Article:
Another core tenant of Griffith’s plan to electrify the U.S. is 100% adoption of green technologies. This would be accomplished by a wartime mobilization of industry (16). Throughout the book, Griffith compares the existential threat of climate change to the threats the U.S. faced during World War II. He believes that the solutions to both of these problems hinge on the same idea: a massive mobilization of industry. Despite the lack of political consensus on the issue, Griffith argues that the U.S. can rally together and increase its production of green technologies through command-and-control mandates and financial incentives (19). He maintains that since the U.S. has successfully mobilized on this scale before, the nation can do it again. In fact, Griffith believes that mitigating the climate crisis will prove to be easier than victories in Europe and Japan. This is because electrification would require a smaller portion of GDP than was required to manufacture wartime materials for World War II (169). His metaphor of the world being locked in a war against itself underscores the sense of urgency as well as the sheer scale associated with his plans to fight the climate crisis. Realistic or not, wartime mobilization is the lynchpin of his plan, and is thus a major theme of the book.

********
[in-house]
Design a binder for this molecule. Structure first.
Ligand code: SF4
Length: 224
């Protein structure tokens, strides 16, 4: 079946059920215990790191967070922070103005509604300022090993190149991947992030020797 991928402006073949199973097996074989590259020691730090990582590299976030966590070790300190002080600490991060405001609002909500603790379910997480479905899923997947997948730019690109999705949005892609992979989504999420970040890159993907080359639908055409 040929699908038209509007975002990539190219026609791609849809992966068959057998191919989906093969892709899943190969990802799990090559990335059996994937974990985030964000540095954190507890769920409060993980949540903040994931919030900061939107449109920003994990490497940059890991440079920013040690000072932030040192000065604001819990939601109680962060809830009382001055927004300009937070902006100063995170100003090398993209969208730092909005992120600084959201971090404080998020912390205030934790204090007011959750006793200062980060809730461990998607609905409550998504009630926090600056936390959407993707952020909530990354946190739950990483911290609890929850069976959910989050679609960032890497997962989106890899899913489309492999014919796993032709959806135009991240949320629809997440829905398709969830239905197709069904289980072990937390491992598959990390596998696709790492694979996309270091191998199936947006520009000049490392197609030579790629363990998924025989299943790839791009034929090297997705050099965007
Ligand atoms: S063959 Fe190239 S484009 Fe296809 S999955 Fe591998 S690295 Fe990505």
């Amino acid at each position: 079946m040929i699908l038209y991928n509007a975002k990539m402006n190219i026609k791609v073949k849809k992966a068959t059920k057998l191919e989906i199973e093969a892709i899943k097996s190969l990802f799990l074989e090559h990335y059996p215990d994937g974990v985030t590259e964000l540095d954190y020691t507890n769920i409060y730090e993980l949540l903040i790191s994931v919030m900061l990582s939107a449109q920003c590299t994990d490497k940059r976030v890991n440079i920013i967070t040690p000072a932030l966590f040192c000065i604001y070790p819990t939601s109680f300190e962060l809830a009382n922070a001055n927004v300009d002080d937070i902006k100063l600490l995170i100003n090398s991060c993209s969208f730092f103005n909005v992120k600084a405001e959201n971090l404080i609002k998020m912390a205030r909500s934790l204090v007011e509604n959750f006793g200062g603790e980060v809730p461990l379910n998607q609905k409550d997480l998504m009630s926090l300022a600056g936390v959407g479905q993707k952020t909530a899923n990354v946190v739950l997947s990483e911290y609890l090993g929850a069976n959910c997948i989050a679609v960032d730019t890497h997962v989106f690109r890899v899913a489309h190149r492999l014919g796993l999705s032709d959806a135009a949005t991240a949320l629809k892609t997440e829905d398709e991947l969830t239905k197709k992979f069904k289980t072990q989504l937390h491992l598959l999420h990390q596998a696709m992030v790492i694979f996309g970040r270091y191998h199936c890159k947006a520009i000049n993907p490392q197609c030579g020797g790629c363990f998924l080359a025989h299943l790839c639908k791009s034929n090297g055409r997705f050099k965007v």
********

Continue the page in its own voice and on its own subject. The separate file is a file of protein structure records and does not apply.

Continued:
At the beginning of the book, Griffith states that he will only focus on the energy system of the U.S., arguing that the U.S. is “a reasonable proxy for the entire globe” (10). Griffith refutes the common argument that reducing U.S. emissions is ineffective unless other nations do the same. He states that other countries will follow the lead of the U.S. after they see that it is economically beneficial to do so. The U.S. will further benefit by owning “the lion’s share of these critical twenty-first-century industries” (200). However, his plan is not applicable to all nations. The plan relies on how the U.S. has responded to national emergencies in the past, such as the New Deal and efforts to win the Space Race (22-27). Many nations do not have the means to engage in a wartime mobilization effort (23) and rapid financial investment (169). His argument that the U.S. will own a large share of the clean energy industry by electrifying first is purely speculative, as a complete shift in the U.S. energy system has never been done before. Griffith’s exclusive focus on the U.S. limits the scope of his plan.